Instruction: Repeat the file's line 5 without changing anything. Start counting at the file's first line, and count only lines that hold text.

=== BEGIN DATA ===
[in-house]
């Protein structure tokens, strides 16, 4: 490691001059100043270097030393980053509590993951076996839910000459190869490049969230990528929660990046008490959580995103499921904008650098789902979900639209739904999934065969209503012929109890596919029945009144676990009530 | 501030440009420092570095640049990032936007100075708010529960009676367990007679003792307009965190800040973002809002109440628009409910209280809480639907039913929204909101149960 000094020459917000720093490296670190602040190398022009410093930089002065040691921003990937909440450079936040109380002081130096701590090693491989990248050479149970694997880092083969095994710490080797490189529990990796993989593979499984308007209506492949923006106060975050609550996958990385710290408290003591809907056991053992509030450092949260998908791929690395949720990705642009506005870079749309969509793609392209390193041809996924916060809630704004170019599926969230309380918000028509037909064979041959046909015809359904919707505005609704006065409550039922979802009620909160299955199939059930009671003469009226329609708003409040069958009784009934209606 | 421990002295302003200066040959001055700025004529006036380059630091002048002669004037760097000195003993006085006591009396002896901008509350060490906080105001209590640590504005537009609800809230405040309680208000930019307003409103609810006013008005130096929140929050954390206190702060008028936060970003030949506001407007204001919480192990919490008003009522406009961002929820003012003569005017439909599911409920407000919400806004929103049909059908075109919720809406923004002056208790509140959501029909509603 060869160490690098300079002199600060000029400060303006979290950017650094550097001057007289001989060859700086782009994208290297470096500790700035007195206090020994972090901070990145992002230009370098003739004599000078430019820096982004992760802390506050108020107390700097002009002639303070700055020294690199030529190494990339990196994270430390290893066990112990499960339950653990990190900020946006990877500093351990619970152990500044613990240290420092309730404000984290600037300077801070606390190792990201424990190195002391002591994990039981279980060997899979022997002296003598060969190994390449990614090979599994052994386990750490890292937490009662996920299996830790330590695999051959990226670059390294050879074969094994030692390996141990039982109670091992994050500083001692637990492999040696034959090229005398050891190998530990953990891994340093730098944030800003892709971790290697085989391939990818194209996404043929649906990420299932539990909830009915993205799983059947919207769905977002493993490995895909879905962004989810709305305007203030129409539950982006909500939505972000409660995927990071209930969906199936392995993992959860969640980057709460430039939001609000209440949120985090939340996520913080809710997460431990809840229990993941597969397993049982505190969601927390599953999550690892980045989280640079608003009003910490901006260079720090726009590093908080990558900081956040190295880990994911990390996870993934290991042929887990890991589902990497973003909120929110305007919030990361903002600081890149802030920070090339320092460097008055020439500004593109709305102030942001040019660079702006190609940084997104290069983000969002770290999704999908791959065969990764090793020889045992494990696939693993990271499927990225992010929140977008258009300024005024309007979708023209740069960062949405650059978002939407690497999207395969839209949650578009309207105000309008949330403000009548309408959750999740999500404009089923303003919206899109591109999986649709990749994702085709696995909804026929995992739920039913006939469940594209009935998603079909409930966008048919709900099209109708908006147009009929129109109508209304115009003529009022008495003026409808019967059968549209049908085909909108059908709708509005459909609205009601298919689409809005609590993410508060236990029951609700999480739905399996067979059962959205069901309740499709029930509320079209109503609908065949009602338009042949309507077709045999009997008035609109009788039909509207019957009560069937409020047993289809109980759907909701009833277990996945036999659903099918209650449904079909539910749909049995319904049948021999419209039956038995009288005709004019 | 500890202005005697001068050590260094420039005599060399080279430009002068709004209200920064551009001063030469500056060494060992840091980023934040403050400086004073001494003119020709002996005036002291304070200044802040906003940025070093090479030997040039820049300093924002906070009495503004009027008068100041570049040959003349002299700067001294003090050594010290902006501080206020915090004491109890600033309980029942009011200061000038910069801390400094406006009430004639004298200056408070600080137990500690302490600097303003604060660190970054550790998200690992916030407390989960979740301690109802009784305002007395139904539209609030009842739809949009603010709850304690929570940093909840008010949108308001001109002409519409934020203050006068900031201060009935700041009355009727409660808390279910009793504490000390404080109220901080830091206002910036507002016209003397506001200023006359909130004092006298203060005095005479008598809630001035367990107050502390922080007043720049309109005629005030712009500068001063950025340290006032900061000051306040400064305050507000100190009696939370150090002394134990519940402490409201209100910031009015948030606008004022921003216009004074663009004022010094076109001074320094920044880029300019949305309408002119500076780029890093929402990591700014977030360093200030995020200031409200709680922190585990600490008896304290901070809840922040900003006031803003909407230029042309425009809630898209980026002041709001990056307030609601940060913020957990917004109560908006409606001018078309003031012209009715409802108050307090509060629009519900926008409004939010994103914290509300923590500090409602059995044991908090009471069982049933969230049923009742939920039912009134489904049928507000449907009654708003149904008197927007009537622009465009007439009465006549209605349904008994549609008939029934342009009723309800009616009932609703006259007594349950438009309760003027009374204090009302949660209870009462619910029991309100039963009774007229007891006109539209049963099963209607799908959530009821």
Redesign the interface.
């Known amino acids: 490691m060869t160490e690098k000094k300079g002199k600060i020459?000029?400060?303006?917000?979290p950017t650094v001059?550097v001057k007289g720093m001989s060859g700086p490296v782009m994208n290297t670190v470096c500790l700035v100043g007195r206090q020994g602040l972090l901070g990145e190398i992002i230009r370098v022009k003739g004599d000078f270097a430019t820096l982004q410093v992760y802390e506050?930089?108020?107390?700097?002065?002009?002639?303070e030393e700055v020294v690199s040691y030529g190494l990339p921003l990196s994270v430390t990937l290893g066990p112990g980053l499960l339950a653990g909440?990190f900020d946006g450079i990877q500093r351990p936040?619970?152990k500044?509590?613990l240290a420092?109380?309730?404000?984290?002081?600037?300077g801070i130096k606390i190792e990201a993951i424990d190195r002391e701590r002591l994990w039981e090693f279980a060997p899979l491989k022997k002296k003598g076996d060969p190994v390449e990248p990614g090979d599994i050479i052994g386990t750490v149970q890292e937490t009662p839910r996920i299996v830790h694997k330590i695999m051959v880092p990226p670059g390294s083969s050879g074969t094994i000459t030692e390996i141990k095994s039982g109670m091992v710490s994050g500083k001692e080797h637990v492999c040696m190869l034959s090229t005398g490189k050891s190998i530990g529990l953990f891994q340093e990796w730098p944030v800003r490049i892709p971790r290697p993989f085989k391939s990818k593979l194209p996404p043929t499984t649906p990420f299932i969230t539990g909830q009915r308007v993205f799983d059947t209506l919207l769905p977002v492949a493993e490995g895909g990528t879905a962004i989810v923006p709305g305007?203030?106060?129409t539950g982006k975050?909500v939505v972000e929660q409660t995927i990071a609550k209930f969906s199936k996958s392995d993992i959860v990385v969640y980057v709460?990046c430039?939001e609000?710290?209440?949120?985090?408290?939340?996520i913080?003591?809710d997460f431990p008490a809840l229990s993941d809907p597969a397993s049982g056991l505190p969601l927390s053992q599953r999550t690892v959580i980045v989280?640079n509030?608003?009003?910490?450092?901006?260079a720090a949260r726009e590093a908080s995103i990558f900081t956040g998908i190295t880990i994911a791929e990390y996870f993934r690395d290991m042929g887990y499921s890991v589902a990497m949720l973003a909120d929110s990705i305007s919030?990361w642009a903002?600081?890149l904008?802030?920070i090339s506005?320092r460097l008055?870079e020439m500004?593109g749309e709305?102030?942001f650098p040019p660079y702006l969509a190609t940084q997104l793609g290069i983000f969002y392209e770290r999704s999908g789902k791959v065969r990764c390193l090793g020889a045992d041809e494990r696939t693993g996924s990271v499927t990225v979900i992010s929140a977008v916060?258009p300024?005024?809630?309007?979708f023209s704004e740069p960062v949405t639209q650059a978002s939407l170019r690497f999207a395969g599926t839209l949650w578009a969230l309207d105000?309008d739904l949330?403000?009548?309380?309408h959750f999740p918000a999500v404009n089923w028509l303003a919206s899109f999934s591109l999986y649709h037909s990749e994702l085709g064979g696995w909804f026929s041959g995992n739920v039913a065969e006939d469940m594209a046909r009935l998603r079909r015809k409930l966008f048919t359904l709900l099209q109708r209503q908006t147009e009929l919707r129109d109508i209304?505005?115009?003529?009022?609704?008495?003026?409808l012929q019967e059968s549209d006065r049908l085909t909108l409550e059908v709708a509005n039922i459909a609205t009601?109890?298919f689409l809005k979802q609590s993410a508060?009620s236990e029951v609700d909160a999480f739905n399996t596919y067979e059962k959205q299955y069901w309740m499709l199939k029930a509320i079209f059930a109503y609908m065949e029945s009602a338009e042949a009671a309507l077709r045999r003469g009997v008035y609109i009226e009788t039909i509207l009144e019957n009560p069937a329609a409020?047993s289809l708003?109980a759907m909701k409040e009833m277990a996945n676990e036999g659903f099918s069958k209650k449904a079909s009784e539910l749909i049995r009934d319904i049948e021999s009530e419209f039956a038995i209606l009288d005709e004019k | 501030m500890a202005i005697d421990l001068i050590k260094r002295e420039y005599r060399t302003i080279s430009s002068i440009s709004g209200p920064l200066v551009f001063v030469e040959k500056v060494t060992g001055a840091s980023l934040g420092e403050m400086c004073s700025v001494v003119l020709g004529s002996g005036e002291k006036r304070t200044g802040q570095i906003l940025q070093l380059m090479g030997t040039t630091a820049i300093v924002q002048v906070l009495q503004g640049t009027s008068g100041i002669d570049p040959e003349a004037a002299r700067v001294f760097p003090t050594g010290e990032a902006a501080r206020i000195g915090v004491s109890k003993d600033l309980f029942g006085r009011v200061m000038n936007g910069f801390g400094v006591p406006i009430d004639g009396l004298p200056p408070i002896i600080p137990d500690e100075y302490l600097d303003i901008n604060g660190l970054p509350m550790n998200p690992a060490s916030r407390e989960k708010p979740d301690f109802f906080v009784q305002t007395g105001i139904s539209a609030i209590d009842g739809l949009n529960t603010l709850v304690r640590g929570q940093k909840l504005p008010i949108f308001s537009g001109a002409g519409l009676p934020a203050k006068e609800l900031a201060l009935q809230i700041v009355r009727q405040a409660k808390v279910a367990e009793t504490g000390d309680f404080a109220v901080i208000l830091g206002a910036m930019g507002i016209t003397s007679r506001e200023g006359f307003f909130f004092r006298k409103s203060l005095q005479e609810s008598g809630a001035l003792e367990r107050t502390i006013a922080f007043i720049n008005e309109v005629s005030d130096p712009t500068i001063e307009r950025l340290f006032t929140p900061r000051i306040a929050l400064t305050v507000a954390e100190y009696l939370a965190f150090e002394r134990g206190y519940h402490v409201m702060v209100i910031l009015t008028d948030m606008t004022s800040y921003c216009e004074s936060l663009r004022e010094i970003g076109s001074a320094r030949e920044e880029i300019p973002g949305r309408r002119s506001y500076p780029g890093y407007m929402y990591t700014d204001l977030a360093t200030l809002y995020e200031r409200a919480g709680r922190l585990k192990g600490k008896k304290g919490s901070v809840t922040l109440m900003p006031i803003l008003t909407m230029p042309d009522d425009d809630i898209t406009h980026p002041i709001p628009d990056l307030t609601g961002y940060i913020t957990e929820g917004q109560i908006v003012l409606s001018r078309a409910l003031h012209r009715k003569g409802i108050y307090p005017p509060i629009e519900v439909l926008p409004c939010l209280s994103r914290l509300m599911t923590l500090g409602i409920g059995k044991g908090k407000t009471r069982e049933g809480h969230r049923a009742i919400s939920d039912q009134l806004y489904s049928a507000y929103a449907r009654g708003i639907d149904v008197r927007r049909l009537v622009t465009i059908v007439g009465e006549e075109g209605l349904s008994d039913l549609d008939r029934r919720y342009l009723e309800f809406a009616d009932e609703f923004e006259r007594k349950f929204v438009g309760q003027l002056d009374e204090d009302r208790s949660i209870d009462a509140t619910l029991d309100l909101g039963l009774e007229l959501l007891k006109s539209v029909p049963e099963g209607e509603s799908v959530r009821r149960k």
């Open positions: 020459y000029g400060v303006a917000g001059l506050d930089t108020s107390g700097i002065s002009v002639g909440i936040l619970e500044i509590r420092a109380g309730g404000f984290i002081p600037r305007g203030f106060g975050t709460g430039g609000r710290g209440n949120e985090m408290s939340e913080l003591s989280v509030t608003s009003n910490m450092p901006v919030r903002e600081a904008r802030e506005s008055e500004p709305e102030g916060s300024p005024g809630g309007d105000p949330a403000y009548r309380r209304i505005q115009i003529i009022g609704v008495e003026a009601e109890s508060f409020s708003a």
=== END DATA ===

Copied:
């Open positions: 020459y000029g400060v303006a917000g001059l506050d930089t108020s107390g700097i002065s002009v002639g909440i936040l619970e500044i509590r420092a109380g309730g404000f984290i002081p600037r305007g203030f106060g975050t709460g430039g609000r710290g209440n949120e985090m408290s939340e913080l003591s989280v509030t608003s009003n910490m450092p901006v919030r903002e600081a904008r802030e506005s008055e500004p709305e102030g916060s300024p005024g809630g309007d105000p949330a403000y009548r309380r209304i505005q115009i003529i009022g609704v008495e003026a009601e109890s508060f409020s708003a």